The CRD initiated a management planning process for East Sooke Regional Park in 2020.  A management plan provides both strategic and specific management direction and guides environmental conservation, cultural heritage management, visitor use and park development over a 10-15 year period. 

The management planning process was put on hold in 2021 to address other regional parks and trails priority projects. Check back in 2023 for an update on the timeline for completing the management plan and for opportunities to participate. 

Public Engagement

The park management plan for East Sooke Regional Park will be developed based on information and input gathered through public engagement. The CRD will seek input from First Nations, key agencies, stakeholder groups and the public. 

The first round of public engagement on development of a park management plan for East Sooke Regional Park is now complete. The input received is summarized in the Initial Engagement Report. The comments and suggestions will be reviewed and considered as the draft park management plan is developed. 

A second round of public engagement on a draft management plan will be launched after the plan is compiled and brought forward as a draft to the CRD’s Regional Parks Committee and Board.

About the Park

East Sooke Regional Park was established in 1970, and at 1,457 hectares it is the third-largest park in the regional park system. East Sooke Regional Park is classified as a Wilderness Area because of its large size and remote and rugged nature. It features 49 kilometers of trails through forest, marsh and old fields, including the challenging 10-kilometer coast trail with its outstanding views of the Strait of Juan de Fuca and the Olympic Mountains. The park received approximately 275,000 visitors in 2021.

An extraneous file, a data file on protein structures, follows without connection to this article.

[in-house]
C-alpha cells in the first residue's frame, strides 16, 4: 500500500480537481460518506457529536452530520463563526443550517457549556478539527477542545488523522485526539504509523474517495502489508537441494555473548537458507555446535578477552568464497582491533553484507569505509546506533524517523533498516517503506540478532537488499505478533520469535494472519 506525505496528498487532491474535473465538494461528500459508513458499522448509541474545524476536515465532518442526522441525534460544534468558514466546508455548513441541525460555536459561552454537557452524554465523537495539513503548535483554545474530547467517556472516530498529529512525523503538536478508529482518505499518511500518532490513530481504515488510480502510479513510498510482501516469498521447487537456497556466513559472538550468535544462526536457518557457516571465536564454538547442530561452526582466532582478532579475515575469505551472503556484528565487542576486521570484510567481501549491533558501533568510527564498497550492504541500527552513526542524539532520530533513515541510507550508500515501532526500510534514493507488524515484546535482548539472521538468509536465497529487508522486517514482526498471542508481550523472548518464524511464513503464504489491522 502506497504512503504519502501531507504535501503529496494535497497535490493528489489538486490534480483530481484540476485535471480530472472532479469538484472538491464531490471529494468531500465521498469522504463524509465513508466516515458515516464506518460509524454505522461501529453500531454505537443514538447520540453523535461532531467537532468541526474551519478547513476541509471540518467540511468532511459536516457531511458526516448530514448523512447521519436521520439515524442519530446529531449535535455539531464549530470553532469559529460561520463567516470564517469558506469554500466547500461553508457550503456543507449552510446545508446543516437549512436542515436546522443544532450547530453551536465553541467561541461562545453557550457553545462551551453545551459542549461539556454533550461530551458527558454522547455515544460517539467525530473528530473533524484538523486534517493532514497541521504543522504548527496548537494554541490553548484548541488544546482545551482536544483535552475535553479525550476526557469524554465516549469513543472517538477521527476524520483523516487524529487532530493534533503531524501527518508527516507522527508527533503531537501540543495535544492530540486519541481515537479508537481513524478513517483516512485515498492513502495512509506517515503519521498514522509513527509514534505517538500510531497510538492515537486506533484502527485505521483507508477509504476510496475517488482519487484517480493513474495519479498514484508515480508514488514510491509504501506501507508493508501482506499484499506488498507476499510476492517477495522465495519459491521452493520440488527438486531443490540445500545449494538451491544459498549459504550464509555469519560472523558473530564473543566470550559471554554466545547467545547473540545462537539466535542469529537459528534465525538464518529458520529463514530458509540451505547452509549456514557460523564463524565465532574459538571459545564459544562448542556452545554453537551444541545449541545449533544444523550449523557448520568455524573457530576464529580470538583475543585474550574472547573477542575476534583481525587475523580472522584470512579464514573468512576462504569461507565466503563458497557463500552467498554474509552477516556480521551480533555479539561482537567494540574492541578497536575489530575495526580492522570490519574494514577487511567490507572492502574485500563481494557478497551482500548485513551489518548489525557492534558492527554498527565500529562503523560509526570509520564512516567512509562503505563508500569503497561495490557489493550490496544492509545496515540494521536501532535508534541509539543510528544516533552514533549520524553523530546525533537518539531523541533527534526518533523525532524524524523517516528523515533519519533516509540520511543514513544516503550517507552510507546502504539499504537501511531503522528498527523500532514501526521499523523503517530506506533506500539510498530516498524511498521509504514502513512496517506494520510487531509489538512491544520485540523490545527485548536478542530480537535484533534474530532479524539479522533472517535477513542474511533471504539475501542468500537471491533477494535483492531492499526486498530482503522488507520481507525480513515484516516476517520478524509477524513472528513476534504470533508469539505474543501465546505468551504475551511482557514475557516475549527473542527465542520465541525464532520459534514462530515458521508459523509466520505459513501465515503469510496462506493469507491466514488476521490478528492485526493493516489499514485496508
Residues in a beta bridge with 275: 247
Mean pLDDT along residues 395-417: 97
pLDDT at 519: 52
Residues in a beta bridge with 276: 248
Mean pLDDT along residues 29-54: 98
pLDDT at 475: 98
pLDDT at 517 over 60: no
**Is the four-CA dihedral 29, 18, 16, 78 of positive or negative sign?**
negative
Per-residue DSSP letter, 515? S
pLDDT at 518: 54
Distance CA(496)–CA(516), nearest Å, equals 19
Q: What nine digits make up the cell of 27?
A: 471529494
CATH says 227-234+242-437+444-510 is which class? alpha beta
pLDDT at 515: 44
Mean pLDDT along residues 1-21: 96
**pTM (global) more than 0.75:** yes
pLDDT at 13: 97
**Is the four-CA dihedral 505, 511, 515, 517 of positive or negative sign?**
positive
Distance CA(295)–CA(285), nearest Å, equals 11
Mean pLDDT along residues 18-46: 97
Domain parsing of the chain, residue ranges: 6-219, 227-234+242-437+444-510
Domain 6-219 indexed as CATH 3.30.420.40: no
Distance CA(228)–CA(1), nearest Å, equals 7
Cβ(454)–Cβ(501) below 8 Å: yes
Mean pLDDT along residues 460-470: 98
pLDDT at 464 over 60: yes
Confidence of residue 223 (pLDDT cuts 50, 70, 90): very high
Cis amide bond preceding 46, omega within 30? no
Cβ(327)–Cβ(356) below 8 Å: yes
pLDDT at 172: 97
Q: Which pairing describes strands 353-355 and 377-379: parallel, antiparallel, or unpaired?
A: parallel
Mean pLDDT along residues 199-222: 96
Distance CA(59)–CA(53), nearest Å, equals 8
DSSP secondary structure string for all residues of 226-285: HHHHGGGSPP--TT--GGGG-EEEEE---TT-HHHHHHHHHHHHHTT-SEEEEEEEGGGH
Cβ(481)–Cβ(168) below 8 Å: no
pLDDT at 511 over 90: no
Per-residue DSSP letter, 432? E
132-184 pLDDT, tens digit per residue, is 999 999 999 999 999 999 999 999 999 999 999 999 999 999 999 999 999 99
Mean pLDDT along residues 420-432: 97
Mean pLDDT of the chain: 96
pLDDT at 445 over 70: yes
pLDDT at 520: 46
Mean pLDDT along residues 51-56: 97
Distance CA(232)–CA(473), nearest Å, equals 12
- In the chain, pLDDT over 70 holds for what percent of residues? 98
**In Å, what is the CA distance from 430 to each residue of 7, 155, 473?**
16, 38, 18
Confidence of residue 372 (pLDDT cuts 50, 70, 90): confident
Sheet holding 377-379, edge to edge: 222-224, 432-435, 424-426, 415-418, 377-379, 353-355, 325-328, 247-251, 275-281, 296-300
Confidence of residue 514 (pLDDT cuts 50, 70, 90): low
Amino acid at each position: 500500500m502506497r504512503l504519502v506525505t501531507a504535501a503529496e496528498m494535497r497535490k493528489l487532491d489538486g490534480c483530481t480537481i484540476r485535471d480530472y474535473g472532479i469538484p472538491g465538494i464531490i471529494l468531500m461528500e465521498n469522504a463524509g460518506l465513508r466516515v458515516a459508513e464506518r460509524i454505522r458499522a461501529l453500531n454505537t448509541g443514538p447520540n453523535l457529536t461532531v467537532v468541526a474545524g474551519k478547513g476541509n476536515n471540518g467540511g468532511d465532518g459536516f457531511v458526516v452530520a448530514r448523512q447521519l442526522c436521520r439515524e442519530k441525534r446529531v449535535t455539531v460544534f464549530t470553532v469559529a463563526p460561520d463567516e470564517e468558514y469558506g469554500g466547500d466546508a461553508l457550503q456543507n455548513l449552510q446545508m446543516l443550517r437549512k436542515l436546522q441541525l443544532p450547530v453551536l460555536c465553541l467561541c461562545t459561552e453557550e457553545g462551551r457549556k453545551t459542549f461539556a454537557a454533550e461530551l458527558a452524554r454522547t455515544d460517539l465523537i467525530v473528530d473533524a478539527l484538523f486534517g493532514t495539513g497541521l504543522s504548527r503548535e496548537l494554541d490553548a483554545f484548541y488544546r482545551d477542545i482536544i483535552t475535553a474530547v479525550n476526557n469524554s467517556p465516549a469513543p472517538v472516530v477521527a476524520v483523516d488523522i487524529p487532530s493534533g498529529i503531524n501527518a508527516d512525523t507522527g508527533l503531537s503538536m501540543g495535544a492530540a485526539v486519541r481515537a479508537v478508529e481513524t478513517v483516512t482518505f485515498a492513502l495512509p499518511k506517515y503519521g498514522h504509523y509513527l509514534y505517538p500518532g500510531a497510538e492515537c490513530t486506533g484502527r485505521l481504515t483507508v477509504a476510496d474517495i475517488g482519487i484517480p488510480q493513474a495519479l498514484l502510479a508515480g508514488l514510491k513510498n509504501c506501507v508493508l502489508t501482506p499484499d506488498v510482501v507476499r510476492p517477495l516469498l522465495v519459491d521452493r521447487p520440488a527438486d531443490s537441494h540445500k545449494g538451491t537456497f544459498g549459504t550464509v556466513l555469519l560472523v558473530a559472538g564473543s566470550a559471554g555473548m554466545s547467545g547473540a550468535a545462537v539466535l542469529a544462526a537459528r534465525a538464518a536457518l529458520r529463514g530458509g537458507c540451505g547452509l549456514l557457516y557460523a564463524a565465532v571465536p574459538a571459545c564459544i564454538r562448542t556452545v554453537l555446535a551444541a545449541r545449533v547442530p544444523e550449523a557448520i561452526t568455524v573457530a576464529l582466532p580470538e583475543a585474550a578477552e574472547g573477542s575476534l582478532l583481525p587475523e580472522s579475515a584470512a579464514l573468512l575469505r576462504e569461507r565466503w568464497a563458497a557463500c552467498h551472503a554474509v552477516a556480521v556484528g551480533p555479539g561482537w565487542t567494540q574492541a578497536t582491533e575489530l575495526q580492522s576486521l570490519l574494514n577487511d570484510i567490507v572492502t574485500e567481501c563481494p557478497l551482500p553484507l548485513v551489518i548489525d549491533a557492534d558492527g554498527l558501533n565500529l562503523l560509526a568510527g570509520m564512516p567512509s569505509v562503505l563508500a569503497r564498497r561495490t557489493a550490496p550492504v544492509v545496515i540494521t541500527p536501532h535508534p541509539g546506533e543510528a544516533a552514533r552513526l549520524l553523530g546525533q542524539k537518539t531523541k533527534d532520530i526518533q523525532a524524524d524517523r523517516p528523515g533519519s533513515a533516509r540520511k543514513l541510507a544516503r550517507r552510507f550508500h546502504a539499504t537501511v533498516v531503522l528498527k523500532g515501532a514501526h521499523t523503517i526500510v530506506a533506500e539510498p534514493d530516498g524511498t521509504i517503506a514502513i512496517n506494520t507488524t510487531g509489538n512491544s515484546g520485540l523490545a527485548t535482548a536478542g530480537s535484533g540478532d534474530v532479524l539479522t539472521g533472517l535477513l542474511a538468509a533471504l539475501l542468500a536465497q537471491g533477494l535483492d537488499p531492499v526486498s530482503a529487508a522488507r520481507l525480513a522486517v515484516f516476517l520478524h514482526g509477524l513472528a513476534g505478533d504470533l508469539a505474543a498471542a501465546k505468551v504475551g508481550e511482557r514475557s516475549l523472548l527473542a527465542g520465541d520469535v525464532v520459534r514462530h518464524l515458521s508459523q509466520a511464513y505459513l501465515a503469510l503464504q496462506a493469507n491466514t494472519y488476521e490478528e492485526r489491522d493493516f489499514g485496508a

The Management Planning Process

The planning process for East Sooke Regional Park coincides with development of a management plan for nearby Roche Cove and Matheson Lake regional parks, and includes several steps:

  • Project initiation is the first step and includes gathering background information and preparing for engagement. (Complete)
  • Initial engagement with First Nations, the public, and other key government agencies is used gather additional information about the park and input into its potential management. CRD aims to ensure that everyone's interests are considered. (Complete)
  • Drafting the Plan is undertaken through a multi-disciplinary project team that includes planning, conservation, recreation, and operations expertise.
  • Engagement on Draft Plan is undertaken once the draft plan is complete. Opportunities will be provided for First Nations, stakeholders and the public across CRD to provide input into how the park is managed.
  • Finalizing the Plan is done once all of the comments received are reviewed and considered. The final proposed plan is provided to the Regional Parks Committee for consideration and the CRD Board for approval.
  • Implementation begins once the CRD has approved the management plan. In most cases, implementation actions are identified as short, medium or longer term in nature.

Status of Park Management Plan